Asking people to blindly subscribe to your push notifications seems like taking candy from a stranger - it is risky, and people tend to avoid it. With hard opt-ins, we’re literally asking people if they’re brave enough to subscribe, instead of telling them why it is beneficial for them.

On the other hand, with soft opt-in, we’re gently informing people about the possibility of opt-in exactly in the way we want, rather than just showing the popup without a specific context. You should tell visitors why it is beneficial to subscribe and try to convince them.

For instance, the NHL saw a 10% increase in its opt-in rate since adding a customized screen before the default one. What’s more important is if someone declines on such opt-ins, we can show it again after some time.

When should you ask visitors to subscribe for push notifications?

The common method is to promise your visitors a certain amount of value and ask them to subscribe. However, the problem with that method is that your subscribers take all the risks.

How does anyone visiting your website for the first time know if your content is worth trading their private information?

That is actually a huge leap of faith that your visitors have to take first.

So, we advise you to offer value upfront.

That means before asking visitors to subscribe for your push notifications, you should offer something of value to your audience first, and then promise them MORE good stuff if they subscribe.

You don’t need to create a ton of content to offer value. That could be something as simple as an article on something that your visitors deeply care about. That piece of content can become reason enough to subscribe to your push notifications.

Where should you ask visitors to subscribe for push notifications?

So, where should you place the subscription opt-in?

On your homepage?

On your sales pages?

In your article?

Using a popup?

Using a sidebar widget?

Using a button?

Using a floating bar at the bottom of your page?

Actually, there is no right answer.

It heavily depends on your target audience and what they value.

Let’s say, if you are running a vegan food recipe blog, you may want to set up popup opt-ins with segments in your article.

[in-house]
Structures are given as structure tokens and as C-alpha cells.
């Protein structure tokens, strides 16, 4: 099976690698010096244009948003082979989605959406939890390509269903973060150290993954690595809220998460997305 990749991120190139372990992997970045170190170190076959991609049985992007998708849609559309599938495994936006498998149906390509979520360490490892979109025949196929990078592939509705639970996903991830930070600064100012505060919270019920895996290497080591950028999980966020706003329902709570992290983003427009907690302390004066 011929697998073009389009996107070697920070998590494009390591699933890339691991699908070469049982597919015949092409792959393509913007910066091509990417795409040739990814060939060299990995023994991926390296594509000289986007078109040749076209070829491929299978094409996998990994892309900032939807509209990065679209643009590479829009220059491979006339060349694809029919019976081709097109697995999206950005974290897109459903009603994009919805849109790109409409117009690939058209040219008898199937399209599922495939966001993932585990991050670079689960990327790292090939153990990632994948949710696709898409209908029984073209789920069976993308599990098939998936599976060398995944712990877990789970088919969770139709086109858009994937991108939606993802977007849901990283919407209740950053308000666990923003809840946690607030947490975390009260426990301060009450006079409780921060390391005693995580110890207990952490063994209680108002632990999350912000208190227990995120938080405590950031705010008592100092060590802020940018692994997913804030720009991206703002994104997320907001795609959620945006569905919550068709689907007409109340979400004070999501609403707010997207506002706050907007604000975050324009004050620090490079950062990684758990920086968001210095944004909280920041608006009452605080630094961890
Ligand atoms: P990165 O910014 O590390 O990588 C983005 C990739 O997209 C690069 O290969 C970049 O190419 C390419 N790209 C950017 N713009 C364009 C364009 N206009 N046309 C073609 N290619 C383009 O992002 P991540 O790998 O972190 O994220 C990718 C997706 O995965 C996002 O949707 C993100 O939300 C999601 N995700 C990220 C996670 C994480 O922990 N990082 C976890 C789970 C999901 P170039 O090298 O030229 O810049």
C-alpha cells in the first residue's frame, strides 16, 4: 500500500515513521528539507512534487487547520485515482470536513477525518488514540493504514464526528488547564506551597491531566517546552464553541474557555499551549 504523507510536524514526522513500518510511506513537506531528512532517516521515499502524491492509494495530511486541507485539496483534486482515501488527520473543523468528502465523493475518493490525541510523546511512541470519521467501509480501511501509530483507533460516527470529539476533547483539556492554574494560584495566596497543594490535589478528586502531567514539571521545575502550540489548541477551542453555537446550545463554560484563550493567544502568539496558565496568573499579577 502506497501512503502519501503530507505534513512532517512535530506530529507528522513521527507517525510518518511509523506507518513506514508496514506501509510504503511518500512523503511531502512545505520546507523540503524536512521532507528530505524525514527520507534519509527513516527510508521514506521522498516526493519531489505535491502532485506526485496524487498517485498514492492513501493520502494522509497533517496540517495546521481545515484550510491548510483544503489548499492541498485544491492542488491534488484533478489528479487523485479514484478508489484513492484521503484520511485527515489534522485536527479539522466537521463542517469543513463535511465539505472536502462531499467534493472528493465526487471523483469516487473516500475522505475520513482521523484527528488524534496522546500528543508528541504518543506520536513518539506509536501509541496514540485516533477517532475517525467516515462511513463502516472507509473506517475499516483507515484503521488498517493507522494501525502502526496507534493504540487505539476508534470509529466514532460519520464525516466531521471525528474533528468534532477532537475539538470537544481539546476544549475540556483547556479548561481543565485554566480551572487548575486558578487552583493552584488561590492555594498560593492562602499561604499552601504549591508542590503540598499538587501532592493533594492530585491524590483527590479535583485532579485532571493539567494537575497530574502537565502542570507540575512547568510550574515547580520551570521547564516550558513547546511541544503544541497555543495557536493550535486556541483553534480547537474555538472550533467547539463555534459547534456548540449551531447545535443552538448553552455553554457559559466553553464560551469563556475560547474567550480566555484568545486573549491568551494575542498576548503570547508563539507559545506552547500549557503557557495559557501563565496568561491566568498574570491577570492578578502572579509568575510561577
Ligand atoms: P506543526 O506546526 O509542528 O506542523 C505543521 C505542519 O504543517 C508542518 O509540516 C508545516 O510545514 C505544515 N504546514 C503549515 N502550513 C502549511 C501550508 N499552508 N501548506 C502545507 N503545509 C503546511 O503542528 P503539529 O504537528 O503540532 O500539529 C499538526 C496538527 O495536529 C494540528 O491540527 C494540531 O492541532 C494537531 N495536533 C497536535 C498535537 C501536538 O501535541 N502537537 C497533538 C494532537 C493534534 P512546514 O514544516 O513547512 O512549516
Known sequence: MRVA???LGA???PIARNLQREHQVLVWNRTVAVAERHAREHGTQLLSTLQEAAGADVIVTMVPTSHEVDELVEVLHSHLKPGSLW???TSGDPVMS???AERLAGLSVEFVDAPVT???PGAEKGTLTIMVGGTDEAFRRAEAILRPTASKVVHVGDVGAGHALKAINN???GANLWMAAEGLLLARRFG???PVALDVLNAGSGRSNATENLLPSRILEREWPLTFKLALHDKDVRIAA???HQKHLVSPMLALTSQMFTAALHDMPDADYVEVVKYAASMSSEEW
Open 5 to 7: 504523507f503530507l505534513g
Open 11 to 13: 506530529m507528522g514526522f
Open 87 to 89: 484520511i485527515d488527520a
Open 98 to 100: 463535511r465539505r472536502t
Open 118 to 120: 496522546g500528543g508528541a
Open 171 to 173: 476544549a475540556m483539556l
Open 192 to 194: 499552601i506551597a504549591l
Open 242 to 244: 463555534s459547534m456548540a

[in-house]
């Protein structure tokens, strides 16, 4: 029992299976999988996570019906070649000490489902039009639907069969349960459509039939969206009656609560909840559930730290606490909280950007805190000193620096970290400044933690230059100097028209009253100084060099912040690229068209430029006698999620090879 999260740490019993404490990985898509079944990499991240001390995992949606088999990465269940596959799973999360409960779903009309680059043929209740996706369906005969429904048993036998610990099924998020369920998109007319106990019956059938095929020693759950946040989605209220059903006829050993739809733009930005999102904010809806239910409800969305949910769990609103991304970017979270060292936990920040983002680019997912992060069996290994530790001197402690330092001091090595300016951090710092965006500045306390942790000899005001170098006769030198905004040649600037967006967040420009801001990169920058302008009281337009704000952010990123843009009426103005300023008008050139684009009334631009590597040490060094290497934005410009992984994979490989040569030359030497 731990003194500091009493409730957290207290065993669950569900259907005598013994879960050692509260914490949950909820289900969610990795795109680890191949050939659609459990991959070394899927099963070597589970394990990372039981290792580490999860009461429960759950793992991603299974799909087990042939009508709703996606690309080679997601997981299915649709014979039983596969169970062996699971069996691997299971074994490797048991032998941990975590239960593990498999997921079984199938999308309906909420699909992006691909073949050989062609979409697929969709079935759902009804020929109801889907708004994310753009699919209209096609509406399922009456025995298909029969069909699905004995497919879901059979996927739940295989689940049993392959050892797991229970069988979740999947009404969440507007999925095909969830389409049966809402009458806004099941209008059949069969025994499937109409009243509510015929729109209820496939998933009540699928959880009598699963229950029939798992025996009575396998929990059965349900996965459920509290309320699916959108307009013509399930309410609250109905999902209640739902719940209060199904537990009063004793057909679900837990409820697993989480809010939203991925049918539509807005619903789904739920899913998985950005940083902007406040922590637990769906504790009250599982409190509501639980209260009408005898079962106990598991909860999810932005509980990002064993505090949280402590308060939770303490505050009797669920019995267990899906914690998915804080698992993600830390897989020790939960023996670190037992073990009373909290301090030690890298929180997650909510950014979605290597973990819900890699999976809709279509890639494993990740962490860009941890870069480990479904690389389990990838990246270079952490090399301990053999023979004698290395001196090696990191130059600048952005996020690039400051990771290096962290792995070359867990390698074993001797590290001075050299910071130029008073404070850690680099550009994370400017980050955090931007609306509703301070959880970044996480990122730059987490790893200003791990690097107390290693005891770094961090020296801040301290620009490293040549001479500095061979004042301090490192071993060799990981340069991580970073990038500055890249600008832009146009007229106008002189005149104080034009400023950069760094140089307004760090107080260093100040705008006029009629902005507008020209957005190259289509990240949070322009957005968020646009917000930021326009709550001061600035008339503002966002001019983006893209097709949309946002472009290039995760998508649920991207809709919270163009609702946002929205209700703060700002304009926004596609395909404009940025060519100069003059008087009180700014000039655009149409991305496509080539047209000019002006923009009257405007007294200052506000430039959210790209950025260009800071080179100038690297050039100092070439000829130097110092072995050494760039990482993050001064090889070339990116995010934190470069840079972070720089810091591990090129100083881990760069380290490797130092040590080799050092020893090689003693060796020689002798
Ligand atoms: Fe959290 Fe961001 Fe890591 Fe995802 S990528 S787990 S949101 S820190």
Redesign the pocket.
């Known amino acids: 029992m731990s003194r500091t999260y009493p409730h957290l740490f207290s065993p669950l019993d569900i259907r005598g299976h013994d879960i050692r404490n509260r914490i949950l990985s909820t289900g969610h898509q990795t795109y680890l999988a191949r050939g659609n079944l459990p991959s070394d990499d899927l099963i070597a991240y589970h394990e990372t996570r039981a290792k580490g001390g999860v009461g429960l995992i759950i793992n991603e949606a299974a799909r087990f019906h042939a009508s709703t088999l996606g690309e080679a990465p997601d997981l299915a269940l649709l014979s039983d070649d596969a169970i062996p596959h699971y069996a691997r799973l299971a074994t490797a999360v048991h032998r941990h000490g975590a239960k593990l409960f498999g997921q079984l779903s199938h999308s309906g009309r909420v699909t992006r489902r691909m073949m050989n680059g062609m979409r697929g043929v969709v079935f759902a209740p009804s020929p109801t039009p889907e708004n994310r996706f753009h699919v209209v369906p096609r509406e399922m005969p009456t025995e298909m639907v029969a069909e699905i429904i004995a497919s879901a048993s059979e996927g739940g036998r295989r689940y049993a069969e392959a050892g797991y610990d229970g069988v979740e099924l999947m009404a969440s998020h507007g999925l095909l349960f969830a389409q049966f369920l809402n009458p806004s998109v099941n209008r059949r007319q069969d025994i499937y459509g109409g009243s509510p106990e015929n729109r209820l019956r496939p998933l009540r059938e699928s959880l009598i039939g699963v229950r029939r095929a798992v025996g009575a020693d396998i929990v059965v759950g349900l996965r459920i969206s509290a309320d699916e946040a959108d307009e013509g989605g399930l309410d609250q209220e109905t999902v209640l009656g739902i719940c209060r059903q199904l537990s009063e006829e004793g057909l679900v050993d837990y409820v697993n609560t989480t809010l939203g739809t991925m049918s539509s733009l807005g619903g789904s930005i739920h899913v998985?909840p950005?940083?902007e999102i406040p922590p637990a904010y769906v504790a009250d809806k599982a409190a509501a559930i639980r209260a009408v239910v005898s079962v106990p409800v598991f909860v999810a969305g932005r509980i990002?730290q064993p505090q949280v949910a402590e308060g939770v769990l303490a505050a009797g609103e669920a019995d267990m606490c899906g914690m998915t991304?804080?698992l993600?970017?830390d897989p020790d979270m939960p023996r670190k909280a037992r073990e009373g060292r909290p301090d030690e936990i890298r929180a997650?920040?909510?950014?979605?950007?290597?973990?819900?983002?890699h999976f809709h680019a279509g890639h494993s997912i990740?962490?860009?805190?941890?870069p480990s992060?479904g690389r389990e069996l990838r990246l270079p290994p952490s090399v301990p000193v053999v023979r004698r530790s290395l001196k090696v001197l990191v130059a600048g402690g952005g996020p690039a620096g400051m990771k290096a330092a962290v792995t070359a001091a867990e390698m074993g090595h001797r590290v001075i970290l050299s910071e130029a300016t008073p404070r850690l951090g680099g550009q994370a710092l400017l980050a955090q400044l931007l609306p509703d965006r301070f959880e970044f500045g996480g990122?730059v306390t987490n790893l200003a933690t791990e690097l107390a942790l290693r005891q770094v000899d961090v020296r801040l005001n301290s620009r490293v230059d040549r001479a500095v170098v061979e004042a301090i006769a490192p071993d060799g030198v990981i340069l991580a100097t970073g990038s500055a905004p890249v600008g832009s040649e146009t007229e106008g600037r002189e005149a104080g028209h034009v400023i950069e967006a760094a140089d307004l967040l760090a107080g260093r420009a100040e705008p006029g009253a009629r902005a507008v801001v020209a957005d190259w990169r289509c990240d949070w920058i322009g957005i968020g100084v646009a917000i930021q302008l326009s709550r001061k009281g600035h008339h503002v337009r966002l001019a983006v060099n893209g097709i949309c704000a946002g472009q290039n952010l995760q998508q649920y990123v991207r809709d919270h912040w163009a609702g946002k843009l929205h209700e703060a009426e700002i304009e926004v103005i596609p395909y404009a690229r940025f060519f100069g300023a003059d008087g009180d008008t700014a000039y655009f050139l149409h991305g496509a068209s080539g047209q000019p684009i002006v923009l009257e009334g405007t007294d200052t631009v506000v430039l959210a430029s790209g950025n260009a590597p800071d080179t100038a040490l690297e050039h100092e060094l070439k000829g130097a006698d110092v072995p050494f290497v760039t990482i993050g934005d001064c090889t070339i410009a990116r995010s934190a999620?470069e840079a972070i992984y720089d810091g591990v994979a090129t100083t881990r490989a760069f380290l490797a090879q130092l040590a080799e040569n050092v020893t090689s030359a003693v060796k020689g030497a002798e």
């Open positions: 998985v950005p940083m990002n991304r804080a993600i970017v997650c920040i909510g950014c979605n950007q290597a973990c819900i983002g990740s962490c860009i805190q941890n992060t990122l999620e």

Or, if you are running an e-commerce store, your audience may want to receive price drop alerts on your products. In this situation, you can set up a button on product pages.

So, it’s recommended that you constantly check the analytics of your push notification opt-ins. This is the only way to figure out where to ask visitors to subscribe to your push notifications.

How should you ask visitors to subscribe for push notifications?

Improving the opt-in rate is essential to integrating push notifications into your marketing strategy. Let’s explore some best practices that increase your push notification opt-in rate.

1. Cover your back with pre-permission notifications

Remember what we said above that you only get one chance at earning a user’s permission for push notification?

That’s true - but only when you rely solely on the iOS dialogue.

A clever method is to use your own permission screen to gauge users before really launching the iOS permission screen. Quite similar to the way the NHL did above.

Send your own custom in-app message or screen first
Send your own custom in-app message or screen first

That means using your own custom in-app messaging or screens to test a user’s interest. This way provides the perfect safety net if users are not quite ready to opt in. If your users say yes, you can go ahead and then launch the iOS permission dialogue and have them opt-in for real.

In case users deny your request, no harm done - you just don’t launch the official iOS permission dialogue. Rather, you can work on providing value and attempt the opt-in request again at a later point.